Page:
Class members gathered in Grand Pre to reminisce and celebrate the occasion.
The three-year diploma program was one of several in Nova Scotia at that time. It was roughly divided between gaining knowledge in the classroom and honing practical skills in the hospital setting.
In the first six months of the program, after learning some basic skills, students added one weekend day “on the wards” to their weekly classroom schedule. This resulted in one day off per week ... either Saturday or Sunday.
Nursing students spent 10 months during the program elsewhere in the province to become acquainted with different specialties.
Three months each were spent at the Nova Scotia Hospital in Dartmouth, the Halifax Children's Hospital (it predated the IWK) and the Grace Maternity, also in Halifax. One month was spent at the Nova Scotia Sanitorium in Kentville.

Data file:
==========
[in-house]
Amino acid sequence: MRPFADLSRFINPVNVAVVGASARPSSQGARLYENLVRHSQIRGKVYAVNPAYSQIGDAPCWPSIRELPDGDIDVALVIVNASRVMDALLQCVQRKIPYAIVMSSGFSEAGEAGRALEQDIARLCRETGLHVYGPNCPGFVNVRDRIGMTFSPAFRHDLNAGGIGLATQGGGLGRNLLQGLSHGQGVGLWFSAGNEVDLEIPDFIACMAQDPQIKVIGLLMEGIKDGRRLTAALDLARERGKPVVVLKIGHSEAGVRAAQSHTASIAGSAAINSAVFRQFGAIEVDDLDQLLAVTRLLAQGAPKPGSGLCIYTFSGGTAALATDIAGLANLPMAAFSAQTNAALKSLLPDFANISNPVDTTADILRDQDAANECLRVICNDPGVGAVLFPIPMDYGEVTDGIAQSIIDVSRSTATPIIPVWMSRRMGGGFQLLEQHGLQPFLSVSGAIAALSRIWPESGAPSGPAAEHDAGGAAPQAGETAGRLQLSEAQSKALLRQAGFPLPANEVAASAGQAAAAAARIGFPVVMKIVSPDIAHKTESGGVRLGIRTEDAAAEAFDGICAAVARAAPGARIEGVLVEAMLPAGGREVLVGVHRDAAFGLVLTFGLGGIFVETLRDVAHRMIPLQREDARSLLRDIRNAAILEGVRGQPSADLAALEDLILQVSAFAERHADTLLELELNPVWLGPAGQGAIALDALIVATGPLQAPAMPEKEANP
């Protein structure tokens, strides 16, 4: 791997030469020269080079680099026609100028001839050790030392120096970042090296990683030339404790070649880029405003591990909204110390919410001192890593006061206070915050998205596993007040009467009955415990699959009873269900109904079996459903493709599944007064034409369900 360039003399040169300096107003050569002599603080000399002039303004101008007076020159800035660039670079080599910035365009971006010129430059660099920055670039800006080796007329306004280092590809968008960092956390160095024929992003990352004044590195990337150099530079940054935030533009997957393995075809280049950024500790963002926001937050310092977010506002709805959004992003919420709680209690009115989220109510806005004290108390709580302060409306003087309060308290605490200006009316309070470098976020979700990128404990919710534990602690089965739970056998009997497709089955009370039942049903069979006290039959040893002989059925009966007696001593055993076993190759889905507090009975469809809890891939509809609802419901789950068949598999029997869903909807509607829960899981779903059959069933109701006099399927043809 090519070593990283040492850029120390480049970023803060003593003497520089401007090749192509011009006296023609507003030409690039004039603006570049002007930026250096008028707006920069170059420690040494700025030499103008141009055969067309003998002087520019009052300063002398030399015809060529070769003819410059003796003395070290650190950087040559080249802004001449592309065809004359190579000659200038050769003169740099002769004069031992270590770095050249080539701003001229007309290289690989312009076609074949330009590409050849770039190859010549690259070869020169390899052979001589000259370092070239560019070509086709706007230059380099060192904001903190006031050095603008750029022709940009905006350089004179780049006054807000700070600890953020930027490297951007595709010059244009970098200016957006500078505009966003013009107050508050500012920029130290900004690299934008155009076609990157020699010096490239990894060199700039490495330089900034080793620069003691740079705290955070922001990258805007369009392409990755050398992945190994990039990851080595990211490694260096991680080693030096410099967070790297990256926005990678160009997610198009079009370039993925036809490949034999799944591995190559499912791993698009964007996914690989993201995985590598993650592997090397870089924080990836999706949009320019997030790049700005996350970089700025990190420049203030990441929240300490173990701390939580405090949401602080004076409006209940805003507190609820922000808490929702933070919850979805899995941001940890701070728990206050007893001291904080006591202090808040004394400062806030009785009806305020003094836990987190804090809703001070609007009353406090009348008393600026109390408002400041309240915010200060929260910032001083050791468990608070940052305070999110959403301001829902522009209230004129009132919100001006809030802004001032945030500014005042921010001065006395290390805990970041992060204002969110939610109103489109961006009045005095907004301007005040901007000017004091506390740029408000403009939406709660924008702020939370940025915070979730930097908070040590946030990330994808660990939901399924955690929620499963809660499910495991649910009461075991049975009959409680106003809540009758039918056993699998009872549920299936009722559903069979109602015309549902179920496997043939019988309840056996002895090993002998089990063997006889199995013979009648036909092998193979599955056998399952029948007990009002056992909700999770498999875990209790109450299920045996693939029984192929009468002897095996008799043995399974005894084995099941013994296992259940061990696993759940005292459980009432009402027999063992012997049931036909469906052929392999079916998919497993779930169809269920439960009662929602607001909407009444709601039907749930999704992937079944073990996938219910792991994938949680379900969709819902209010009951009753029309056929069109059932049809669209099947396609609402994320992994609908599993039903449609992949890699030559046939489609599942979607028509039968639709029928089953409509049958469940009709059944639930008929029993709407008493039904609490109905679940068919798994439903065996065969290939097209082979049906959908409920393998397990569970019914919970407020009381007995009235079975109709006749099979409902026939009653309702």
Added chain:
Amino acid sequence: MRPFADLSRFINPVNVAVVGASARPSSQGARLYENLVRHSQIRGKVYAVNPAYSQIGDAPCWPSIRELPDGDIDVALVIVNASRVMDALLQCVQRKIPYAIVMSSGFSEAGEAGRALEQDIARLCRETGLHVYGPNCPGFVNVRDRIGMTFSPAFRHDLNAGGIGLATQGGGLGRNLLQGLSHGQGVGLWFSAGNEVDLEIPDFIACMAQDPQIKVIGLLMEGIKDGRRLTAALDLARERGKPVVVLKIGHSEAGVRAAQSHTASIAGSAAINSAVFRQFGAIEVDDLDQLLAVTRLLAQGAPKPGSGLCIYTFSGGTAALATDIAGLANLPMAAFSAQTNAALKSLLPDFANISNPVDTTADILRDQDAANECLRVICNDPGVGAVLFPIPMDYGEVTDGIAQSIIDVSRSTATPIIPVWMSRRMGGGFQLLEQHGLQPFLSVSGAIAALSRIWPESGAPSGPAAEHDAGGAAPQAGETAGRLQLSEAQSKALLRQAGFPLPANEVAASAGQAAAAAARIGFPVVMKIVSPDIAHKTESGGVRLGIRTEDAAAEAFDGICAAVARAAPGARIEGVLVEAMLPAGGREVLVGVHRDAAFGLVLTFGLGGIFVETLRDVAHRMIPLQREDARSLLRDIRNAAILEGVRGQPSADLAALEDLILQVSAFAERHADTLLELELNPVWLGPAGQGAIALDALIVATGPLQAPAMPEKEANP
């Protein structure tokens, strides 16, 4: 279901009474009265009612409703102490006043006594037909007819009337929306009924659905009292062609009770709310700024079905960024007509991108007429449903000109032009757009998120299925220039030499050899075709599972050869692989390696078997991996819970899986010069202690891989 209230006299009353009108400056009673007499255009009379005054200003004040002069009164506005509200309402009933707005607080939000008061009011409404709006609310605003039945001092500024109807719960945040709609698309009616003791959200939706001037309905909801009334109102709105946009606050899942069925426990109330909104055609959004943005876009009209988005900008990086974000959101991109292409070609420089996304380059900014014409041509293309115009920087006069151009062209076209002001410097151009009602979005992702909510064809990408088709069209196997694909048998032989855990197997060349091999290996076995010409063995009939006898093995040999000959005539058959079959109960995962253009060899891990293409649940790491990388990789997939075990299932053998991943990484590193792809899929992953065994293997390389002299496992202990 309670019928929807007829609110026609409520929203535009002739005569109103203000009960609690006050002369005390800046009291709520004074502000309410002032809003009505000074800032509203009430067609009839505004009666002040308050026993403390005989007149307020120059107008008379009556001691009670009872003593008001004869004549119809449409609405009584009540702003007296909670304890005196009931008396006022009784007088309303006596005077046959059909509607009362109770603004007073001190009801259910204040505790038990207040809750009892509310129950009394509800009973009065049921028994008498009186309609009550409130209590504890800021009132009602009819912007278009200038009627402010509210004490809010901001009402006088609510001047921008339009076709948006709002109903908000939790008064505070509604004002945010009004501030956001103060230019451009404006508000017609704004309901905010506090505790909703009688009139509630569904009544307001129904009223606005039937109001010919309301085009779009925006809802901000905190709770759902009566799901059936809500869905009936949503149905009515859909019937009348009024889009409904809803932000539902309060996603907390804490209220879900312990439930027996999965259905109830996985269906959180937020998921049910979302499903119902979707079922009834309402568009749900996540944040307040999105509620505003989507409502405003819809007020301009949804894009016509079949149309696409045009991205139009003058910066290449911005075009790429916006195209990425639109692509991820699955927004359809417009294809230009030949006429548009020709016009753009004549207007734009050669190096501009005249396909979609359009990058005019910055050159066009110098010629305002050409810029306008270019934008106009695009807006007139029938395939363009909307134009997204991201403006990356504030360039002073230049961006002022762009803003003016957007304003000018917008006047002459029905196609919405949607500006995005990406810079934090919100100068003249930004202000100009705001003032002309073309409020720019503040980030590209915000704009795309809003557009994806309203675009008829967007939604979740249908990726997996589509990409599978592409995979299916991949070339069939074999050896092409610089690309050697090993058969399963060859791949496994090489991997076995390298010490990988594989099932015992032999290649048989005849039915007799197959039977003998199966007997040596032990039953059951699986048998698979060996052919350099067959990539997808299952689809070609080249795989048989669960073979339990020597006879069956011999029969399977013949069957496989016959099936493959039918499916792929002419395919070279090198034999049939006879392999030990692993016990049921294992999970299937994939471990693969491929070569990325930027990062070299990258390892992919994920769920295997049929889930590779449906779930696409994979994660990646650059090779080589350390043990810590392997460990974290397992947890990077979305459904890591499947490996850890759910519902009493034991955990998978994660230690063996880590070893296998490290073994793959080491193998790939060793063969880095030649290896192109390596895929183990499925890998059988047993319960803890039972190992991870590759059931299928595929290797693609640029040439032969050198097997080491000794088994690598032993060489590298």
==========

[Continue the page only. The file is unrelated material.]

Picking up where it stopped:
Each school had a distinctive uniform and cap. The uniform was worn to class, as well as in the hospital setting. The cap was significant and was worn with pride. In recognition of the fact that nurses were “Centennial Grads”, the diploma displays the 1967 Centennial symbol. Two of the classmates were able to attend Expo 67 in Montreal.
Graduate Vicki O’Neil says the changes in the world around us and in the world of nursing over the past 50 years can only be described as phenomenal.
“As a class we reflect that we have adapted to both, and we are grateful for the gift of memories.”